In Astrue, a Social Security claimant prevailed on her claim for benefits after which her attorney moved for an award of fees under the EAJA. Id. at 2524. The fee request was granted, but before the award was paid the United States discovered that the claimant "owed the Government a debt that predated the District Court's approval of the award." The United States, therefore, sought an administrative offset (expressly permitted by statute) against the fees award to satisfy part of the claimant's debt. Id. The claimant's attorney subsequently intervened in the matter opposing the Government's position. Id. at 2525. The district court found that counsel lacked standing to challenge the offset. The Eighth Circuit reversed, concluding that the fee award was payable to the claimant's attorney. The Supreme Court agreed to review the case to resolve a circuit split on the question. Id.

The Supreme Court, based on a straightforward interpretation of the relevant statutory text, concluded that the EAJA "awards the fees to the litigant, and thus subjects them to a federal administrative offset if the litigant has outstanding federal debts." Id. at 2525-27. The Court concluded that the "Government's history of paying EAJA awards directly to attorneys in certain cases does not compel a different conclusion." Id. at 2528. As the Court observed, the Government "most often paid EAJA fees directly to attorneys in cases in which the prevailing party had assigned its rights in the fees award to the attorney" and "has since continued the direct payment [to attorneys] only in cases where the plaintiff does not owe a debt to the government and assigns the right to receive the fees to the attorney." Id. at 2529.

Several courts have subsequently concluded that while Astrue makes clear that an award of EAJA fees is payable to the claimant (i.e., it is the claimant's property), nothing in the Astrue decision prevents or renders invalid an otherwise appropriate assignment of EAJA fees by a claimant to her attorney. See, e.g., Mathews-Sheets v. Astrue, - - - F.3d - - -, 2011 WL 3437029 (7th Cir., Aug. 5, 2011); Cowart v. Commissioner of Social Security, - - - F.Supp. 2d - - -, 2011 WL 2441468 (E.D. Mich., June 13, 2011). The Court does not necessarily disagree with this particular conclusion. Nevertheless, such does not justify payment of Plaintiff's EAJA award directly to counsel.

Counsel has included with his motion an affidavit executed by Plaintiff, in which she purports to "assign [her] right or interest in the award of an EAJA fee" to counsel and requests that such "be paid to" counsel. (Dkt. #12). While the Court does not question the authenticity of this affidavit, the fact remains that this Court has not been called upon to adjudicate or render a decision concerning Plaintiff's contractual obligations to her attorney. Awarding payment directly to Plaintiff's counsel would, in effect, constitute a determination regarding Plaintiff's contractual obligation to her attorney despite the fact that this particular issue is not properly before the Court. To so act could adversely impact the rights of individuals and/or entities not presently before the Court. Simply stated, the Supreme Court has held that payment of EAJA fees must be made to the party, not her attorney, and the Court declines to disregard such clear and controlling direction.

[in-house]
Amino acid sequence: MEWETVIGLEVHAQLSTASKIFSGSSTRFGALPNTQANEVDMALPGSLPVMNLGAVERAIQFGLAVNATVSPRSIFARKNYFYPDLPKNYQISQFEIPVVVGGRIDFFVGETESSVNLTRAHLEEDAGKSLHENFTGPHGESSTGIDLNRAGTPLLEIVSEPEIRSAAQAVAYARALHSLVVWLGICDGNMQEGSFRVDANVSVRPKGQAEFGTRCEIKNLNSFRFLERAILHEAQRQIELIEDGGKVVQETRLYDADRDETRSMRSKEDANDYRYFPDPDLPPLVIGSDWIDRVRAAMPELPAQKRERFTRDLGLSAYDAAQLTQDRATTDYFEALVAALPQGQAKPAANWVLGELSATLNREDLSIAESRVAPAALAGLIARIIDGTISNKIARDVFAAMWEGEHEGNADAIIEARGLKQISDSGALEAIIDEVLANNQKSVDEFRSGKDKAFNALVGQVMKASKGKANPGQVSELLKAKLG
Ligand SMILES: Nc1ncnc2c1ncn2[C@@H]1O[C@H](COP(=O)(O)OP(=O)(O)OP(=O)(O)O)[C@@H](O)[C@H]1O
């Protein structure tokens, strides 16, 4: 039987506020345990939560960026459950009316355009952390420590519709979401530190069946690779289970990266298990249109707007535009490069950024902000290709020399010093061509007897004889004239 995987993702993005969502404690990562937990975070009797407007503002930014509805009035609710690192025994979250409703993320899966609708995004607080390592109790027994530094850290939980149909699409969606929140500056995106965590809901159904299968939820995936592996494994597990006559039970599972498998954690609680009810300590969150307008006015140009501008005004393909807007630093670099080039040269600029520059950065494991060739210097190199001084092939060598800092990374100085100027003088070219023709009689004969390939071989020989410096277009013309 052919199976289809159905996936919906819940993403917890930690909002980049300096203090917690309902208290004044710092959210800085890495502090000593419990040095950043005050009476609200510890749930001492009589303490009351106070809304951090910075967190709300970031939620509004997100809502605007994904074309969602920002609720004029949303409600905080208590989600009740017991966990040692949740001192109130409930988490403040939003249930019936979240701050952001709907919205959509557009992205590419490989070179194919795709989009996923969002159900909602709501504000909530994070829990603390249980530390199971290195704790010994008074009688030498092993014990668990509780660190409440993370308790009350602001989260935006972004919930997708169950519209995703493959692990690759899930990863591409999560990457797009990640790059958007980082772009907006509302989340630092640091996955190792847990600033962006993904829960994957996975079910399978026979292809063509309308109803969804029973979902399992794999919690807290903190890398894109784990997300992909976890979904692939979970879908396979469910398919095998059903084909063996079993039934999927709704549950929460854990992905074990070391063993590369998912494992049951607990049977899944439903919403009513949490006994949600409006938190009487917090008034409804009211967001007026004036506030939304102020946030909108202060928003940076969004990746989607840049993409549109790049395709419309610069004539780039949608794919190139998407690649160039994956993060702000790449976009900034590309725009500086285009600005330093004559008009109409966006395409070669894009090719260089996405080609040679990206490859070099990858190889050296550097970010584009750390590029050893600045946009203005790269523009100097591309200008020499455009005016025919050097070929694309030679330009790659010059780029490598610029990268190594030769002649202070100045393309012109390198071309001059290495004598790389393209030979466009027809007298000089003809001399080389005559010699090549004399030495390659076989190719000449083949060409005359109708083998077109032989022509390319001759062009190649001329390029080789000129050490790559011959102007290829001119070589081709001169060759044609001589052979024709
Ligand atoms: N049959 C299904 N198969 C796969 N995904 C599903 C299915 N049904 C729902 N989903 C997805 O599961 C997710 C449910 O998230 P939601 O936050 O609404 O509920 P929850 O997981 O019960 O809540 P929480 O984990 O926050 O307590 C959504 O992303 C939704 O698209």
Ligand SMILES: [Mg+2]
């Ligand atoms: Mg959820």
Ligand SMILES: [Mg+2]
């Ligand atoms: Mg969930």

Accordingly, the undersigned recommends that Plaintiff's motion for fees and costs pursuant to the EAJA be granted in part and denied in part as detailed herein and, furthermore, that such fees be paid directly to Plaintiff.


For the reasons articulated herein, the undersigned recommends that Plaintiff's motion for fees and costs pursuant to the EAJA be granted in part and denied in part. Specifically, the undersigned recommends that Plaintiff be awarded one-thousand six-hundred thirty-seven dollars and fifth cents ($1,637.50) in fees and costs and that such be paid directly to Plaintiff.

OBJECTIONS to this report and recommendation must be filed with the Clerk of Court within fourteen (14) days of the date of service of this notice. 28 U.S.C. § 636(b)(1)(C). Failure to file objections within such time waives the right to appeal the District Court's order. See Thomas v. Arn, 474 U.S. 140 (1985); United States v. Walters, 638 F.2d 947 (6th Cir. 1981).

Respectfully submitted,


United States Magistrate Judge